When someone is diagnosed with cancer, it is often life-changing. The fear, anxiety and pain that accompany the diagnosis and treatment of a chronic disease can take a toll on one’s quality of life.
As doctors focus on treating the disease, side effects like these are sometimes overlooked. That’s where palliative care can help.
It’s a growing field of specialized medical care that improves the quality of life of patients and their families by coordinating their care and focusing on symptoms of treatment for a serious disease such as cancer.
Palliative care is a big change in health care delivery, and it works in favor of the patient. Not only can it improve patient experience and outcomes, it can also reduce medical costs.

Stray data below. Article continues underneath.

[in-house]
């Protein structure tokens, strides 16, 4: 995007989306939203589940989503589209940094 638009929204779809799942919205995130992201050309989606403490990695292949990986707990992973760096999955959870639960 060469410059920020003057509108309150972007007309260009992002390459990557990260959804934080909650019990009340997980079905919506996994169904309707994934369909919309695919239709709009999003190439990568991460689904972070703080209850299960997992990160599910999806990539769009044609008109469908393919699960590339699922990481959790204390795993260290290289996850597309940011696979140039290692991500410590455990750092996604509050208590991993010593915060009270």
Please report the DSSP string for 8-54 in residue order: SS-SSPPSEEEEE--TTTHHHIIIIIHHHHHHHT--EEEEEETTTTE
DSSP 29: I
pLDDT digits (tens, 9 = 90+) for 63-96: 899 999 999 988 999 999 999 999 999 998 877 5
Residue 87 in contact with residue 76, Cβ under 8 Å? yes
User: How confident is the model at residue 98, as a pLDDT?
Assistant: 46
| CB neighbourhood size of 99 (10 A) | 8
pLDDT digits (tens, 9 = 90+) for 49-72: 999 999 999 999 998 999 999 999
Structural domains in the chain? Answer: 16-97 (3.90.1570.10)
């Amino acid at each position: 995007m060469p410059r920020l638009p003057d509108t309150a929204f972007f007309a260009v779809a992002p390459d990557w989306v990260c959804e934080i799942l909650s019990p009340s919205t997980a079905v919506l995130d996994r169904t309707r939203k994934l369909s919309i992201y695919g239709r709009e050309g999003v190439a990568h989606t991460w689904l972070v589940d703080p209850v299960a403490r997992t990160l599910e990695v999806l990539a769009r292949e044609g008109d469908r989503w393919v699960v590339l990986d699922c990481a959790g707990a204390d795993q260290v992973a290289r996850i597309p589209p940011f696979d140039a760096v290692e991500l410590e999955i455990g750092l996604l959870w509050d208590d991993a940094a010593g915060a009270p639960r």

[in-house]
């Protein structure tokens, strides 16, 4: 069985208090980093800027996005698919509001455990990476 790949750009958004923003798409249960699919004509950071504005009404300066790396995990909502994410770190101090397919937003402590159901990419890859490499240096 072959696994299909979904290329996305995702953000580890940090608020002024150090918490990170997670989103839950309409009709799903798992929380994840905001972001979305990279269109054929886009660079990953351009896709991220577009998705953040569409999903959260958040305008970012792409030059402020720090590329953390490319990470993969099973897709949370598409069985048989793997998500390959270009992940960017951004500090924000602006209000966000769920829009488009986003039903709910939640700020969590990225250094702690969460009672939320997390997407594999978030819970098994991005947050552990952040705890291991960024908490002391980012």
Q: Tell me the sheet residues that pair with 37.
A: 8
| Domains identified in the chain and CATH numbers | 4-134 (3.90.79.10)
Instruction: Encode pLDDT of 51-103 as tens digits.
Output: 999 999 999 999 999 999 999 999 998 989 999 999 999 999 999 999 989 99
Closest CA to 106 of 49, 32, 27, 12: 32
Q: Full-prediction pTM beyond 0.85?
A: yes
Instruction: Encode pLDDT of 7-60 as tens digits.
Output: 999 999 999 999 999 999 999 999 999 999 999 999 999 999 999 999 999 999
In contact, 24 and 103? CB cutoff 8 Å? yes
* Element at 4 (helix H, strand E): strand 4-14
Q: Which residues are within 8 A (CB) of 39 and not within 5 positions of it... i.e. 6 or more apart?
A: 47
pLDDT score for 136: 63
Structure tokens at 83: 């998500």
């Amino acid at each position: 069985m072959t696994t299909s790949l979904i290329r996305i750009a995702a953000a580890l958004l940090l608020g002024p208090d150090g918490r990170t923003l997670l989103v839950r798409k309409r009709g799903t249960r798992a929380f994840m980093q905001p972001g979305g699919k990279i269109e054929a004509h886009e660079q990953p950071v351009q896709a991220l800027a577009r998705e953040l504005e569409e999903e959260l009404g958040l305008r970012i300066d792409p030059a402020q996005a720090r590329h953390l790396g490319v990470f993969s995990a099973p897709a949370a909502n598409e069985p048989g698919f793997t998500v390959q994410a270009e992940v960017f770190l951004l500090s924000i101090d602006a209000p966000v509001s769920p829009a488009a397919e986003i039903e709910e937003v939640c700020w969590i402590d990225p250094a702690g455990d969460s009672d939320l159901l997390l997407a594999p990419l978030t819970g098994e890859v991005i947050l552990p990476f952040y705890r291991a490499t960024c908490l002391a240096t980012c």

Last week, I traveled to Washington, D.C., to urge lawmakers to advance a bill currently pending in Congress that would increase education of and access to palliative care. This bill has strong bipartisan support and we need it to pass this year.
The time to act is now. Our lawmakers must take this opportunity to increase access to palliative care so patients and their families have that extra layer of support when they need it most.